3D Printed Blow Molds Perfect for Short Run Packaging Production
Staff posted on July 02, 2014 |

Plastic packaging is a common part of everyday life: bottles; containers for foods, beverages, medicines and more fill our pantry shelves and recycling bins.  Thin-walled and hollow plastic bottles (later filled with the customer’s product) are made on a large scale with a process called blow molding, where hot air is blasted into a precisely calibrated metal mold, and the waiting thermoplastic assumes the shape of the mold. Because of the heat and pressure inherent in the blow molding process, large-scale production requires traditionally machined metal molds. However, for short turns, the molds can actually be 3D printed using PolyJet-based 3D printing technology from Stratasys.

Stratasys 3D printed mold was used to produce 100 blow molded package prototypes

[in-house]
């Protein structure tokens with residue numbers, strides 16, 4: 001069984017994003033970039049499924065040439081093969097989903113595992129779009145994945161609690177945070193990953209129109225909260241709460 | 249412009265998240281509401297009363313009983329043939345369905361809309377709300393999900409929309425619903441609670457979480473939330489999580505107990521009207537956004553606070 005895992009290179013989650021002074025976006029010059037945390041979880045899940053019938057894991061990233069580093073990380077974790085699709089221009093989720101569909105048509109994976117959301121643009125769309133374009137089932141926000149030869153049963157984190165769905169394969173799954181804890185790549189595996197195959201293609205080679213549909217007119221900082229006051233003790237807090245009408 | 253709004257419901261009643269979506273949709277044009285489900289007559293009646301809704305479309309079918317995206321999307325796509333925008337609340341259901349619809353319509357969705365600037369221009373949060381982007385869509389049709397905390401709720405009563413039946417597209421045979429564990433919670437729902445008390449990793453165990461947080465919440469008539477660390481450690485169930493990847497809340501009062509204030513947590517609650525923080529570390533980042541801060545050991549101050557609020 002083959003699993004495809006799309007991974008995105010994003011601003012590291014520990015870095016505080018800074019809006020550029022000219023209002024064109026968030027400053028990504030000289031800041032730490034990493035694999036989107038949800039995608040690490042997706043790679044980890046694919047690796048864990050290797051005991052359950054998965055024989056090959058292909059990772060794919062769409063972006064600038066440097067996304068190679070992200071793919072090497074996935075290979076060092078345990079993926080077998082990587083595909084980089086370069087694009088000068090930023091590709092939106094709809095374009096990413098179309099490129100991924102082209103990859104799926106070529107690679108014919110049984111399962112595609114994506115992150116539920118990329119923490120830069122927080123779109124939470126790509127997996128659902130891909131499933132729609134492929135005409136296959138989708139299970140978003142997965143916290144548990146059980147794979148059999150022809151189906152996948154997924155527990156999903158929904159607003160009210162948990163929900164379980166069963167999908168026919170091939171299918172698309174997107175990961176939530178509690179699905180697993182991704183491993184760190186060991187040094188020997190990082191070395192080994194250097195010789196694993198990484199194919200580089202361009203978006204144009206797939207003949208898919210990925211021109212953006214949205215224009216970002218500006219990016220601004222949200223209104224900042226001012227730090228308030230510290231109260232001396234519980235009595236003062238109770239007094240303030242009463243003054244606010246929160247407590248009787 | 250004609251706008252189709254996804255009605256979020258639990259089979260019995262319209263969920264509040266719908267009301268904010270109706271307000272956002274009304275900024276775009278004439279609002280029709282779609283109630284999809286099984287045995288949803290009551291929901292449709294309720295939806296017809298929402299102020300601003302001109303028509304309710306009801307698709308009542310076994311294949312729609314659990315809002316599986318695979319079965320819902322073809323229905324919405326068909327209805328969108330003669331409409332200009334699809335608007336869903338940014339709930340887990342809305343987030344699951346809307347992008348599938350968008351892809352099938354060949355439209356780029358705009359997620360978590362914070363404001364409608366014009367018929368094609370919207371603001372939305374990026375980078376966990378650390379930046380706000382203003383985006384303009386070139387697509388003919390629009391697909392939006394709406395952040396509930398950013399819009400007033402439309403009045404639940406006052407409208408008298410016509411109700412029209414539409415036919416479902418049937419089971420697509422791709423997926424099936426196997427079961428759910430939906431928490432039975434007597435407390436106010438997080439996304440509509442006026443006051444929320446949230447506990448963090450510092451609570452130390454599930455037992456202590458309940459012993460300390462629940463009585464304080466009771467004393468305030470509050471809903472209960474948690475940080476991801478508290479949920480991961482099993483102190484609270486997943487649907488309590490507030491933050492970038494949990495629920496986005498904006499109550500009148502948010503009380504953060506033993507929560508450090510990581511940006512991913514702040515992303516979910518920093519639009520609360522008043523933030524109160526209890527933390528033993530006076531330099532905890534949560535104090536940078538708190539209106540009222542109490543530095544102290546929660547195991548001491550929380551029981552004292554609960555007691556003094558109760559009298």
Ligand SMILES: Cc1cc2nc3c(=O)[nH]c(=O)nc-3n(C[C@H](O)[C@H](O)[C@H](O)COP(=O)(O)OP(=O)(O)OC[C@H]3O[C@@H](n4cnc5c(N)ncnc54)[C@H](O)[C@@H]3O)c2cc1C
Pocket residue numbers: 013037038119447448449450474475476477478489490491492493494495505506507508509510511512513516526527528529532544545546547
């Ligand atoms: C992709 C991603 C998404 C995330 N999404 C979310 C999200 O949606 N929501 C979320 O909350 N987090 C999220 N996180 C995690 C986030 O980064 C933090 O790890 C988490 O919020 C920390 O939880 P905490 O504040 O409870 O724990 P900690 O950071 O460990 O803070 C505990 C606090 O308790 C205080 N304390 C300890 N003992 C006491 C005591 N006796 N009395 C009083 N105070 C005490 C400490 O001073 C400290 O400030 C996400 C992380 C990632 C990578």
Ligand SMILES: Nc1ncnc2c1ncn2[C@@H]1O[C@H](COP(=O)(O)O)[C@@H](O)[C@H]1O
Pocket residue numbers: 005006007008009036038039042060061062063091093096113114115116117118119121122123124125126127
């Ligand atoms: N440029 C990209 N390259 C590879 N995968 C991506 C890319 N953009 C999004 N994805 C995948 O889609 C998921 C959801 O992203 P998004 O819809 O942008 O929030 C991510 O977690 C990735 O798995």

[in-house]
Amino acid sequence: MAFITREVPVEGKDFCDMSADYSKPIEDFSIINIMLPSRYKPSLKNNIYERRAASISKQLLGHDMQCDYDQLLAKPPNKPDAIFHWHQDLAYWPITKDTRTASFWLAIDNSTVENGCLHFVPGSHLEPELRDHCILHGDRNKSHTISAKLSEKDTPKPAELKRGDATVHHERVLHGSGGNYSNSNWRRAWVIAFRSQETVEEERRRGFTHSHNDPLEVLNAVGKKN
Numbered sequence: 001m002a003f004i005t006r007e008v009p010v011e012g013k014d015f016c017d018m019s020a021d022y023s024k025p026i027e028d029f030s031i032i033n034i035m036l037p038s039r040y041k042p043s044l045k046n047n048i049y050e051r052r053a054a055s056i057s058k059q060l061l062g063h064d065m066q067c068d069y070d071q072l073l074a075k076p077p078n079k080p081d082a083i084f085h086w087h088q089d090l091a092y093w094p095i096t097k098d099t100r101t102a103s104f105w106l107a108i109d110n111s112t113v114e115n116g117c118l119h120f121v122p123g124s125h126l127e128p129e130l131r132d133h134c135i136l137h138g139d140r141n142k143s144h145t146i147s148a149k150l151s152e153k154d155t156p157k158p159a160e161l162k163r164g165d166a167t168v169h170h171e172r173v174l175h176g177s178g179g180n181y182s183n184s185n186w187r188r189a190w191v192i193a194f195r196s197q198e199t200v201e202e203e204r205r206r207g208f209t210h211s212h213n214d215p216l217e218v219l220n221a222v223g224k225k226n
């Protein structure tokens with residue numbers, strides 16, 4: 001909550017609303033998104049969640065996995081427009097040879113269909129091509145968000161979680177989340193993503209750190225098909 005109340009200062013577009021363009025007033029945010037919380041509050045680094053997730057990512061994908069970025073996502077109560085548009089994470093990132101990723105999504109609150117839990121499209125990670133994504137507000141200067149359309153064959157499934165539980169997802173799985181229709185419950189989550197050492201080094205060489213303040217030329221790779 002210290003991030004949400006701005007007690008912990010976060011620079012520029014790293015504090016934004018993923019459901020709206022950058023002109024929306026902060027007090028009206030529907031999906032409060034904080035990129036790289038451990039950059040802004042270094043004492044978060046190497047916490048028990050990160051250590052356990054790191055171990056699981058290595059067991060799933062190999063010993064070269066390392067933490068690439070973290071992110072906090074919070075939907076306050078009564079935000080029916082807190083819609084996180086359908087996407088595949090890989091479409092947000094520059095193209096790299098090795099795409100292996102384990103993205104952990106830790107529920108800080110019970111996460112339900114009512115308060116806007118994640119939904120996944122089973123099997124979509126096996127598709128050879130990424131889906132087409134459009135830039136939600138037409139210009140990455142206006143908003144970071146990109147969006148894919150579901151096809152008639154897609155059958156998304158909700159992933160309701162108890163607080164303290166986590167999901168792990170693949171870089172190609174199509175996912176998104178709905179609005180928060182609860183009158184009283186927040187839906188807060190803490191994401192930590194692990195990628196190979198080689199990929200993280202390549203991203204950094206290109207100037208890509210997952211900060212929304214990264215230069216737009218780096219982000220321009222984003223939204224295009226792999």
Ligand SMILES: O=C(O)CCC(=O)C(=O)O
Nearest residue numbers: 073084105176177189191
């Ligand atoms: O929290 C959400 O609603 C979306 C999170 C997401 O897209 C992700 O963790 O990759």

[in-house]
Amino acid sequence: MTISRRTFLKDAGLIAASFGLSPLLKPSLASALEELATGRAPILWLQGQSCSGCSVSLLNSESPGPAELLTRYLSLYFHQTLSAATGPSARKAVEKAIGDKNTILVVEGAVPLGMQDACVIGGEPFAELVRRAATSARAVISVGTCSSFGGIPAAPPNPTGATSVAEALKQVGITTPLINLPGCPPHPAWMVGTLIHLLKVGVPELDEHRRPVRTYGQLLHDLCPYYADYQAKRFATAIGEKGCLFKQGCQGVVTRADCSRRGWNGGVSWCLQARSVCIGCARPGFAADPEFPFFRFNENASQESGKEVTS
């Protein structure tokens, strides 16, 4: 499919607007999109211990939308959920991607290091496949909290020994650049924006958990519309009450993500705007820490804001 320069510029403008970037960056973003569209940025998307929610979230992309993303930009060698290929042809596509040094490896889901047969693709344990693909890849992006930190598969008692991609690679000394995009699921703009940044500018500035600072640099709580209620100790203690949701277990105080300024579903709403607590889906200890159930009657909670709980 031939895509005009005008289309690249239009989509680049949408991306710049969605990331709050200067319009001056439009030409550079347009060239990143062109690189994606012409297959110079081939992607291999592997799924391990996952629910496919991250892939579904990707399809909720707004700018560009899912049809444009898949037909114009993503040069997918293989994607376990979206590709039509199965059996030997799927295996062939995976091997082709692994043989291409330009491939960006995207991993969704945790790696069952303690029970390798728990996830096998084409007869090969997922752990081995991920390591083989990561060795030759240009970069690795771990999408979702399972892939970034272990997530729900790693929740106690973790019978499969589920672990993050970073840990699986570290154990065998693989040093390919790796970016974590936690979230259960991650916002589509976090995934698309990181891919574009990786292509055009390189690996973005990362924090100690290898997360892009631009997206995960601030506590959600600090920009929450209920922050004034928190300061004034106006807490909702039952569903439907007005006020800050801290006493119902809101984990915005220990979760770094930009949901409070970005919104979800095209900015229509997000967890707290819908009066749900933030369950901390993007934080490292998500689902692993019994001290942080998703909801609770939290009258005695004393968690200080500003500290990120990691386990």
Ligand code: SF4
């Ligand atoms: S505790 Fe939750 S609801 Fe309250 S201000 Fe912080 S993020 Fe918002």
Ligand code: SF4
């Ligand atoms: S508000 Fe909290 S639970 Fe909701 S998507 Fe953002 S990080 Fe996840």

Plasel Precision Plastics, a worldwide provider of these types of packages, designs and engineers each type for a variety of industries and customer applications.  Recently, a Plasel customer needed to prototype a new package design to make sure it would fit with an automated conveying system.  Plasel used Stratasys 3D printing technology to create a blow mold for a run of 100 package prototypes.  Choosing 3D printing over traditional machining for these prototypes offeredsavings of time (90% faster) and money (94% less expensive) compared with traditional machining methods for blow molded prototypes. The 3D printed blow molds allowed this small-scale production run to happen in just two days. “Stratasys 3D printed blow molds were ideal for producing the prototypes our customer urgently needed to get their new product to market,” explained Nir Hadar, a research and development manager at Plasel.

To recap, 3D printed blow molds provide a quick process for design validation before metal molds are machined for big runs. Modifications to designs – including caps, snaps and hinges – can be easily and inexpensively made, and these prototypes can be used to check form, fit and function.

Source: Stratasys

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